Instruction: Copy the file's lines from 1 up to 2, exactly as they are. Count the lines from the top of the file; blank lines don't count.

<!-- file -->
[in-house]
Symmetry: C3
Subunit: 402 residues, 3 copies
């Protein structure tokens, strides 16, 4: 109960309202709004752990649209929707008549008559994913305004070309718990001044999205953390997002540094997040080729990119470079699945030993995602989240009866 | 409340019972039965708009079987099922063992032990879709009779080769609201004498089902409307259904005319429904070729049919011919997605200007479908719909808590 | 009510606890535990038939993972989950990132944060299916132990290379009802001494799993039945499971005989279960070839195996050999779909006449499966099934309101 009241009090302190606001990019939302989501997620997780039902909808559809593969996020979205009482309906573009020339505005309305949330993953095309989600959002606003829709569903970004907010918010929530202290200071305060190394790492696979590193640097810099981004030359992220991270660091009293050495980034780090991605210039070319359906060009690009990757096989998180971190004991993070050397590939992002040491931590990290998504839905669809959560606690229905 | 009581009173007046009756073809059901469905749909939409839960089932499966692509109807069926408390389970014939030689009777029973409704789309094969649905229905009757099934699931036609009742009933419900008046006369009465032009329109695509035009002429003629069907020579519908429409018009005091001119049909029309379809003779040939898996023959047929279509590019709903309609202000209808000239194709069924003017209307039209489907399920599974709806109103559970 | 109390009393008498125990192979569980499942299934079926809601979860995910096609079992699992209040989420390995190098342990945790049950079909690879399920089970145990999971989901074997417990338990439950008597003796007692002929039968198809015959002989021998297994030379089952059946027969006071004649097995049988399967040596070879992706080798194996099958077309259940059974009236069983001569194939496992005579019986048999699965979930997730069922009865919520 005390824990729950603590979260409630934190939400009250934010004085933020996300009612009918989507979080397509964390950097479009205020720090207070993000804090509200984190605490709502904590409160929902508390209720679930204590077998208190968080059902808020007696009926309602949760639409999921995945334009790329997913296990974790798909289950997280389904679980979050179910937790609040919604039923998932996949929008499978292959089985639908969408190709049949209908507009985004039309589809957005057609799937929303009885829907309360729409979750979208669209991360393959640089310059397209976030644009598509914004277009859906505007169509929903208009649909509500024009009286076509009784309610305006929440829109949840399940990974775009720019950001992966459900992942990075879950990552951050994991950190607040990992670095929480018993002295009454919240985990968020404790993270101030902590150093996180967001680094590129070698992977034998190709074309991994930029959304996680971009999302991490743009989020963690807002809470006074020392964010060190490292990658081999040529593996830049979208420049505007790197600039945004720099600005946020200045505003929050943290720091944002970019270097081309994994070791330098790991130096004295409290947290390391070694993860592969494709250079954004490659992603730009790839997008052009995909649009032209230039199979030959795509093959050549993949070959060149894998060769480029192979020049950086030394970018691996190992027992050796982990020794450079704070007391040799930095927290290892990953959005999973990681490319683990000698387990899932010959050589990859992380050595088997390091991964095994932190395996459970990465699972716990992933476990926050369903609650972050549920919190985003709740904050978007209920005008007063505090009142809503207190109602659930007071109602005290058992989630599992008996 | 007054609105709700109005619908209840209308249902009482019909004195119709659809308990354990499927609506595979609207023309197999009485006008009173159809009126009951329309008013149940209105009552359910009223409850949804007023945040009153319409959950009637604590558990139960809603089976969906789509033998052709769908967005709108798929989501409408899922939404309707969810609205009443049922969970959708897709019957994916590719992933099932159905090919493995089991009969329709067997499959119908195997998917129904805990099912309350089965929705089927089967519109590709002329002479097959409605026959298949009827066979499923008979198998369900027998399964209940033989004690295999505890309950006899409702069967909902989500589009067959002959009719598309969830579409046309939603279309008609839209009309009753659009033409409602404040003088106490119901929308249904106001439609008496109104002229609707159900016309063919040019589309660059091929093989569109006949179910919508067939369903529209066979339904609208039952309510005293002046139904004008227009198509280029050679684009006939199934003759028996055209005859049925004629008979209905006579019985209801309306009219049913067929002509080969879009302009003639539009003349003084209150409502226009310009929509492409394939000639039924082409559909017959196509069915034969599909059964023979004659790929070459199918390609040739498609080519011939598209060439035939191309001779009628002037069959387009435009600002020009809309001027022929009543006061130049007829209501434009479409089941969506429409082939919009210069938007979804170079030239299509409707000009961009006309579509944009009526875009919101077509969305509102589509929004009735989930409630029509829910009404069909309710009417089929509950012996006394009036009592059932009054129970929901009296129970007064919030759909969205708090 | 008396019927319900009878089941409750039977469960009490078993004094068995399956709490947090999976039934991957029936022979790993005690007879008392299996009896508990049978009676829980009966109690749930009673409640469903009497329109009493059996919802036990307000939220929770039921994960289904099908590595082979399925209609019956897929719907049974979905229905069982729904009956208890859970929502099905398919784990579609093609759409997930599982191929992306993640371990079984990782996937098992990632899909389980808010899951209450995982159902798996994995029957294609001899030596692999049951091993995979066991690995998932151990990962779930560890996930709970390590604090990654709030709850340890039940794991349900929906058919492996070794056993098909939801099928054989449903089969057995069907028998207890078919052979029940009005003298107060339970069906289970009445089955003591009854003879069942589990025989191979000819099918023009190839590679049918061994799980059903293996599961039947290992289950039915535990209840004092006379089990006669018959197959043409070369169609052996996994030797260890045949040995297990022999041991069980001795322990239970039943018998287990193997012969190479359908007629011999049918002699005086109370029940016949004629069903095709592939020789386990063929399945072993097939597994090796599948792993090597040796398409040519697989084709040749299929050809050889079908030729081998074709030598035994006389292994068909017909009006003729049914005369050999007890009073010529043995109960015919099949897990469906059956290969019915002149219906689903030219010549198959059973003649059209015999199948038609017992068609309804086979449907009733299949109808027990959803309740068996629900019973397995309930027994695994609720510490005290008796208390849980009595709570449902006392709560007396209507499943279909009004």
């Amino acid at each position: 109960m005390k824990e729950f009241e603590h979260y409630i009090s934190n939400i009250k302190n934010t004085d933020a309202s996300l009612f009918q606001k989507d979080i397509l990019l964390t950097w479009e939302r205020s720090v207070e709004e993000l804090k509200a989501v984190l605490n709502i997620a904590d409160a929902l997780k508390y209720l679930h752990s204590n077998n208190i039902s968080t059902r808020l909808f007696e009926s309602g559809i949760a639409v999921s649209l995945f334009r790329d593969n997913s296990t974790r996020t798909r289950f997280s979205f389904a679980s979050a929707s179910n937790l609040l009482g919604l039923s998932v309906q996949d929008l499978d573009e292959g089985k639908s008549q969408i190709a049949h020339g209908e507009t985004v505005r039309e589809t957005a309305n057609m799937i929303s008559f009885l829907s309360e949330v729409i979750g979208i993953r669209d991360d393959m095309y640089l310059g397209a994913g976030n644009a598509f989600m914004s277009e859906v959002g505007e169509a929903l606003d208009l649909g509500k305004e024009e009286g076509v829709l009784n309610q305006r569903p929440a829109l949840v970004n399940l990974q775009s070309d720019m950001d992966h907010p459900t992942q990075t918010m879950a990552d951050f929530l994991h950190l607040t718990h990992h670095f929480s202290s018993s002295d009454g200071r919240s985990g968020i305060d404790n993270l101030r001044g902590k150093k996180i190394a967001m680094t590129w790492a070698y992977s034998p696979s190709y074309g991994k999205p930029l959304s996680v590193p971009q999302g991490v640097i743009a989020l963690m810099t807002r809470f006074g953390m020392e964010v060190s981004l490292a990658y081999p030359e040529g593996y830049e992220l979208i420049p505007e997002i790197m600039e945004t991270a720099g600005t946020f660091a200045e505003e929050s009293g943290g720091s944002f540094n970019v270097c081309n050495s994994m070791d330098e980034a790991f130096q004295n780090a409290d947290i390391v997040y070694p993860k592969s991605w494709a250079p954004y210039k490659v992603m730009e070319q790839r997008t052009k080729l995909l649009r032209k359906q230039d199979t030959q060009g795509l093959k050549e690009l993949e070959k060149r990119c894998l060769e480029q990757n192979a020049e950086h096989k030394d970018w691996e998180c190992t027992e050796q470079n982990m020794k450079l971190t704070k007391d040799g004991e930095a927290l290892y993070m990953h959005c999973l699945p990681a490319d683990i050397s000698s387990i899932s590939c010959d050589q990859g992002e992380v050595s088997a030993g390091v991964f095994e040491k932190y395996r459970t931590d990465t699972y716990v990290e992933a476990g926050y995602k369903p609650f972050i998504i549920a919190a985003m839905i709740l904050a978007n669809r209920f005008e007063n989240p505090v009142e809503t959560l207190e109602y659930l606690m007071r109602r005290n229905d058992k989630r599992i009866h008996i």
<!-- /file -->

[in-house]
Symmetry: C3